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India has bright future in solar PV, other RE: Stan Meyers, SEMI

August 1, 2010 Comments off

According to Stanley T. Myers, president and CEO, SEMI: “India has a bright future in solar PV and other renewable energies. India should also acquire and develop the best research.” Meyers was speaking during a media interaction at the Solarcon India 2010 in Hyderabad.

(L-R): Daniel D. Martin, executive VP, PV Group, SEMI, Stanley T. Myers, president and CEO, SEMI, and Sathya Prasad, president, SEMI India, at SOLARCON India 2010, Hyderabad.

(L-R): Daniel D. Martin, executive VP, PV Group, SEMI, Stanley T. Myers, president and CEO, SEMI, and Sathya Prasad, president, SEMI India, at SOLARCON India 2010, Hyderabad.

He said: “The NSM is the change in India. You try to look for simplicity, see what’s going on, and speed. We hope that happens in India.”

Meyers added: “We see SEMI playing the role as a ‘connector’ in markets where technologies are emerging. Two things need to happen in emerging technologies as well as regions. One, there has to be a roadmap — clear and defined. Two, there has to be standards development. SEMI is already playing a key role in  the standards for PV manufacturing equipment and materials. It will extend that activity into India as well.

“Our experience in standards in semiconductors has shown that standards results in cost reduction and the net benefit of cost savings is passed on not only to the consumer, but this also allows the savings to be ploughed back into R&D by the industry.”

Phase 1 of NSM critical for success
Meyers said that phase I of the JN-NSM is extremely important for India as it is in now in the execution level. He added: “Significant accomplishments made in this phase may set the parameters of Phase II of the NSM. SEMI will work with the PV industry in India in the execution of NSM and will collaboratively work with the regional associations/industry members and other stakeholder to help achieve the goals of NSM.”EHS (Environment, Health and Safety) and industry standards are two aspects SEMI has always been focusing on. We look forward to the opportunity to do the same in India.”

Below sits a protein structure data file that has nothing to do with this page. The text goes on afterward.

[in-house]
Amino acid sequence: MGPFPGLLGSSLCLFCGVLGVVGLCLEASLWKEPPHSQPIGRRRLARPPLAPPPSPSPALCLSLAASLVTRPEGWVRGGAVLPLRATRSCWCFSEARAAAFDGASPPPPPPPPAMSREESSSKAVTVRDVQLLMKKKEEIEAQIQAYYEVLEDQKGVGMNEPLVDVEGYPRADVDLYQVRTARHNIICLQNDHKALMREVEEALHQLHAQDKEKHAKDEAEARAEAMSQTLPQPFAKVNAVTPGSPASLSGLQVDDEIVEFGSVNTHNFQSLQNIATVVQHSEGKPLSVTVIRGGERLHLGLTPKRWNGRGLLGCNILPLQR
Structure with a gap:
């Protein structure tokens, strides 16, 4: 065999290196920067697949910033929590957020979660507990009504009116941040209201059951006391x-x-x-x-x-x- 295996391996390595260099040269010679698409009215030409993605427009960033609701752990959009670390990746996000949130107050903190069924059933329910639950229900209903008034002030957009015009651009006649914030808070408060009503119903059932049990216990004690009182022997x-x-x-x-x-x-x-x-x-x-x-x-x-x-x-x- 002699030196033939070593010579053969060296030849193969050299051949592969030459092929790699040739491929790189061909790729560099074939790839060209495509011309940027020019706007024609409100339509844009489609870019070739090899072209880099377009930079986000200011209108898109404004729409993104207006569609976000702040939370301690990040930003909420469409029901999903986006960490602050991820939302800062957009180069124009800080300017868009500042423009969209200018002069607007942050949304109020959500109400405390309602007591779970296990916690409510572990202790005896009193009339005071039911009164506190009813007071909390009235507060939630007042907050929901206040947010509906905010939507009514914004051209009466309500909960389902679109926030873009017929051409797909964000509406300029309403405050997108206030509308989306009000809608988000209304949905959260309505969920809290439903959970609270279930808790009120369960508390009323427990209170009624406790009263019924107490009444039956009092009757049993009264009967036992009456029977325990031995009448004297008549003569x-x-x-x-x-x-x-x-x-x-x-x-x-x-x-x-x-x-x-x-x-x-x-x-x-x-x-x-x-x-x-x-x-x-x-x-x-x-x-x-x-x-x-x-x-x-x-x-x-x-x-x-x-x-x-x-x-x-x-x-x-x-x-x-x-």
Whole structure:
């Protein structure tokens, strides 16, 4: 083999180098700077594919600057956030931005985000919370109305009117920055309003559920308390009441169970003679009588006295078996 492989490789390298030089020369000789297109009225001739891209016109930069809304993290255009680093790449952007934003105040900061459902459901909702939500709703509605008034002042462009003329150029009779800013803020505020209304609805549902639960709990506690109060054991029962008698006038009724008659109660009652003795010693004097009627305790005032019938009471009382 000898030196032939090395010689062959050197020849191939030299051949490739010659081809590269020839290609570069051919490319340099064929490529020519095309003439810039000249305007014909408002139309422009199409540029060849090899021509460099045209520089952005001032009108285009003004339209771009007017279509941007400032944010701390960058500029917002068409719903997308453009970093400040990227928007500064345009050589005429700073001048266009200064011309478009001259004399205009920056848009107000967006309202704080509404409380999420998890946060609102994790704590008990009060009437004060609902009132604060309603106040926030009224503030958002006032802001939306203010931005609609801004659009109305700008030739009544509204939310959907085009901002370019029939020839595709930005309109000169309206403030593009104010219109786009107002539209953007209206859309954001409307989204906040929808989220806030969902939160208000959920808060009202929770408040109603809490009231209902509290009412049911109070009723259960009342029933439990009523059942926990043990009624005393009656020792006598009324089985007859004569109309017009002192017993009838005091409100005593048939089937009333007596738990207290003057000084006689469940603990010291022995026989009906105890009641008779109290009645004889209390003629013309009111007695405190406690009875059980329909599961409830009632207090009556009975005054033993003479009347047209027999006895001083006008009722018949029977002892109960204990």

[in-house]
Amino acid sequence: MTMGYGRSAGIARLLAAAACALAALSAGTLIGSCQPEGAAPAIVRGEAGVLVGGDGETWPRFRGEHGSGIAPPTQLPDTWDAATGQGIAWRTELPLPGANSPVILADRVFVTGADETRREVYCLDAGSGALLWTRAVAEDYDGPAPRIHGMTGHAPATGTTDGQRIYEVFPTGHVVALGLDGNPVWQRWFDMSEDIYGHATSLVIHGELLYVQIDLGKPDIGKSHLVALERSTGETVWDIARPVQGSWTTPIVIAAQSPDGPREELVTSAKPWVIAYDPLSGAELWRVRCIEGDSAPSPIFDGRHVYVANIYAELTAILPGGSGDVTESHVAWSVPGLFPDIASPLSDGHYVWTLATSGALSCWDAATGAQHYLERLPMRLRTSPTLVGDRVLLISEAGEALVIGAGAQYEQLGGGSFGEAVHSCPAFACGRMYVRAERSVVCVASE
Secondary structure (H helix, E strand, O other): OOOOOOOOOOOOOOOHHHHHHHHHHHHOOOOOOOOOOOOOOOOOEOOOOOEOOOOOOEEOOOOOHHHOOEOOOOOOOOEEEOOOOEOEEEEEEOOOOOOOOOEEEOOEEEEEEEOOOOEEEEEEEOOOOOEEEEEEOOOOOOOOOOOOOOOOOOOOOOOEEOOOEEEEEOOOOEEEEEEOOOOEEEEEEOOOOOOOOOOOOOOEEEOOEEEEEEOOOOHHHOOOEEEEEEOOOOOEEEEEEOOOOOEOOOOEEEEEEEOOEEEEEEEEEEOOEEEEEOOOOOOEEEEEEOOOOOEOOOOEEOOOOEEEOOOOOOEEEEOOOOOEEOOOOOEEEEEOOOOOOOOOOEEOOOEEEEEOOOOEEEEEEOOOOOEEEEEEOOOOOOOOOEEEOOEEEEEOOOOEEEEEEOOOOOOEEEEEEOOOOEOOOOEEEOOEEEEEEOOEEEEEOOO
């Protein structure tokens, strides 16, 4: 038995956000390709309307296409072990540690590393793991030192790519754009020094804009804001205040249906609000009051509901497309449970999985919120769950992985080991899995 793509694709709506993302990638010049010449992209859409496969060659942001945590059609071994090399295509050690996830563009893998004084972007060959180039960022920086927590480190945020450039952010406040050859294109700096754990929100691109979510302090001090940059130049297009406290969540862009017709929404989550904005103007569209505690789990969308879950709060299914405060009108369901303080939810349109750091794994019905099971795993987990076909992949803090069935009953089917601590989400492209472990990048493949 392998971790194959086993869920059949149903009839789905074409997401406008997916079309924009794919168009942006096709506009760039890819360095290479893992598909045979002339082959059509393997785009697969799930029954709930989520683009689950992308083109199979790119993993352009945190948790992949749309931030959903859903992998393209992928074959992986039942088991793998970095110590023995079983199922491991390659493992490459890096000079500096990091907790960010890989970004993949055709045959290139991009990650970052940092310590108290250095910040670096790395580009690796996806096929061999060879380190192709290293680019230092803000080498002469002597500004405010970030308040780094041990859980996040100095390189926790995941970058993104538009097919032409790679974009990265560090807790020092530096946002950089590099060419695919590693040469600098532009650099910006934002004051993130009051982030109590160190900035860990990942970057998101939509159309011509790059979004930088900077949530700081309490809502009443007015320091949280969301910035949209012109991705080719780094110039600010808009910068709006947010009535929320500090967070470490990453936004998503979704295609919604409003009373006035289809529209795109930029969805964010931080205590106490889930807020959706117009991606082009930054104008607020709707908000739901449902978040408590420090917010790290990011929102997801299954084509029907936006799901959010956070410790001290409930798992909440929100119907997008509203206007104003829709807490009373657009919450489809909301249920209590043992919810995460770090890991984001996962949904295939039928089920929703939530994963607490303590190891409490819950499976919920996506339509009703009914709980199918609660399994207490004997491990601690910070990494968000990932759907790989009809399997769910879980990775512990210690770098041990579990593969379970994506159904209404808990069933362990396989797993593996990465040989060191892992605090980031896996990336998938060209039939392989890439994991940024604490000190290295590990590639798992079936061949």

Solarcon India 2010: Timely implementation of phase 1 critical to success of JN-NSM


The inaugural function at the ongoing Solarcon India 2010 has sent out a significant message to the world — India means business in solar! All eyes are now on phase 1 of the Jawaharlal Nehru National Solar Mission (JN-NSM). Timely and successful implementation of phase 1 really holds the key toward future success of this ambitious Mission!

A view of the inaugural function of Solarcon India 2010 @ Hyderabad.

A view of the inaugural function of Solarcon India 2010 @ Hyderabad.

Strong emphasis is now being placed on research and development, and rightly so. The Indian government is also working toward tackling issues involved with project financing.

The Union Ministry of Urban Development has now come up with a National Mission on Sustainable Habitat, which should provide many more opportunities for project developers. Just days before the conference, guidelines for new solar projects under the JN-NSM were announced. NTPC Vidyut Vyapar Nigam signed MoUs with 16 project developers for solar power projects. On the state level, the initiatives undertaken by the Andhra Pradesh government are there for all to see and emulate.

Let’s take a look at what the various dignitaries from Central and State governments, EPIA and SEMI, had to say at Solarcon 2010. Please bear with me as this is quite a long post!